Andre Jenkins was eager to distance himself from his murder of two fellow Kingsmen in North Tonawanda on a late summer day in 2014, when he hopped on his motorcycle and returned to the gang's clubhouse in Tennessee, according to prosecutors.
But what greeted Jenkins was far from a welcome home party.
Inside, the Kingsmen also known as Little Bear discovered a scene right out of "Sons of Anarchy": a room covered in plastic and several Kingsmen Motorcycle Club members pointing guns at his head, prosecutors say.
Jenkins pleaded for his life.
"He kept saying, 'Call Pirk, call Pirk, call Pirk," Assistant U.S. Attorney Joseph M. Tripi said during a court appearance last week.
The call was made, Tripi said, and Kingsmen President David Pirk, the man accused of orchestrating the double murder in North Tonawanda, ordered the Tennessee chapter members to back off.
"Pirk gave the stand-down word, and they let Jenkins go," Tripi told U.S. Magistrate Judge Michael J. Roemer.
Pirk's intervention on behalf of the man who eventually went to prison for killing Daniel “DJ” Szymanski and Paul Maue is proof that he planned and directed the murders, prosecutors allege.
Jenkins, who is also charged in the federal case, is serving life without parole.
The story of Jenkins' confrontation in Tennessee, revealed during a recent court appearance, is the latest development in a federal prosecution that cast a spotlight on the local and national biker scene.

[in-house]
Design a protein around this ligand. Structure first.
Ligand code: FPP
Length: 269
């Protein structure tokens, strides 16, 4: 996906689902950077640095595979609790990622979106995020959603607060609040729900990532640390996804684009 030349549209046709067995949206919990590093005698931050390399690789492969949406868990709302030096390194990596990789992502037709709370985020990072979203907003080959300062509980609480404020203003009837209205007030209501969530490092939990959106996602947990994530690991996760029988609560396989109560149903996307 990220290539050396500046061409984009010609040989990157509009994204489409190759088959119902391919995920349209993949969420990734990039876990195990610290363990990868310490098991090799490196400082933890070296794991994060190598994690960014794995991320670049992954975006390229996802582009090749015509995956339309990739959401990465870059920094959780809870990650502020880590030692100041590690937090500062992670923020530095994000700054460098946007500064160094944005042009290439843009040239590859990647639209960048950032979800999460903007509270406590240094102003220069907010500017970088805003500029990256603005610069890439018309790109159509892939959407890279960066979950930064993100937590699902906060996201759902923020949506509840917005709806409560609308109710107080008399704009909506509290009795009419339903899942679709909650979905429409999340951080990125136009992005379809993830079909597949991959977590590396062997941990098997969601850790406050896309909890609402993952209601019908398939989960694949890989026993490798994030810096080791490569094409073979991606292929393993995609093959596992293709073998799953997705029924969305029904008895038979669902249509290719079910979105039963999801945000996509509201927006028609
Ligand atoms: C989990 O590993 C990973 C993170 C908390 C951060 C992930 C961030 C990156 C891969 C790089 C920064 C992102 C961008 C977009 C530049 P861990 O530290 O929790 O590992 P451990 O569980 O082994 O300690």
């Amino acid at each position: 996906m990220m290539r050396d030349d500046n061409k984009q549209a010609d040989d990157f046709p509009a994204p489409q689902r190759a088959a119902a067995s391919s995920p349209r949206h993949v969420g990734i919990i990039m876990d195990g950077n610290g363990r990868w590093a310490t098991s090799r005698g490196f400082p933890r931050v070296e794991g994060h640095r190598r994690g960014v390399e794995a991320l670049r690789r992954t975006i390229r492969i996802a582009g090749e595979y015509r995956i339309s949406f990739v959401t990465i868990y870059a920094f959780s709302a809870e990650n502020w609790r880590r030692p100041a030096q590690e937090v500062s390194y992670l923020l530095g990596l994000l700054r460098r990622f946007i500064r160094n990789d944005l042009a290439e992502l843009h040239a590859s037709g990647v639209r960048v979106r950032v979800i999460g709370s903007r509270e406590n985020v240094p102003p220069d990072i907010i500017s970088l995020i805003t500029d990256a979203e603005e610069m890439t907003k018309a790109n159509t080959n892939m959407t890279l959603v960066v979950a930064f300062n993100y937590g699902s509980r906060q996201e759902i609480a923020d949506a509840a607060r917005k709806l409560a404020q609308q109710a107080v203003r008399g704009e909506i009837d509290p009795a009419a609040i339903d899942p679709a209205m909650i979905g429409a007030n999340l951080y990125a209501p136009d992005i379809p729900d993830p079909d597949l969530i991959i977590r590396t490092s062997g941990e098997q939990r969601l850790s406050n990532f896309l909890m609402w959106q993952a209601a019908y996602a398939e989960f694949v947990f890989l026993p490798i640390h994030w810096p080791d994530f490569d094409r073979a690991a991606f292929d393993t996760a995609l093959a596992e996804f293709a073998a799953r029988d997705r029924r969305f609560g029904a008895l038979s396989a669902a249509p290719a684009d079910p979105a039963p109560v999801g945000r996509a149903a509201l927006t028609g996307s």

At the core of the case is the allegation that the Kingsmen went from a small motorcycle club, founded in Lockport 60 years ago, to a violent outlaw gang.
Prosecutors say Pirk was the driving force, not only behind the murders, but behind the club's transition to a “one-percenters” club, biker slang for the small number of motorcycle riders who are criminals.
With Pirk's trial only six weeks away, it's clear the government's chief target is the 66-year-old North Tonawanda native with the distinctive long white hair and beard.
Obviously, his defense doesn't buy the federal prosectors' theory.
"The government argues that because he ordered the Tennessee chapter to stand down, he's guilty of a crime," said William T. Easton, one of Pirk's defense lawyers. "It seems they got it backward."
Two years in the making, the trial before U.S. District Judge Elizabeth A. Wolford is the culmination of a case that rocked the local biker community.
Before the indictment early last year, the Kingsmen patch — a gold knight’s helmet and red feather — was a common sight in Western New York. Yes, there were other biker clubs here, but none as large or with roots as deep in the community as the one with the motto, “Live Kingsmen, Die Kingsmen.”
Pirk, a Florida resident, and 15 other Kingsmen were charged in the original grand jury indictment. Five of those defendants took plea deals, and some may testify against Pirk and the other Kingsmen on trial.
From the start, there were questions as to whether any Kingsmen would turn against the club, but the defendants who took plea deals acknowledged the club was a criminal organization that sold drugs and guns, and followed a strict chain of command with Pirk at the top of the hierarchy.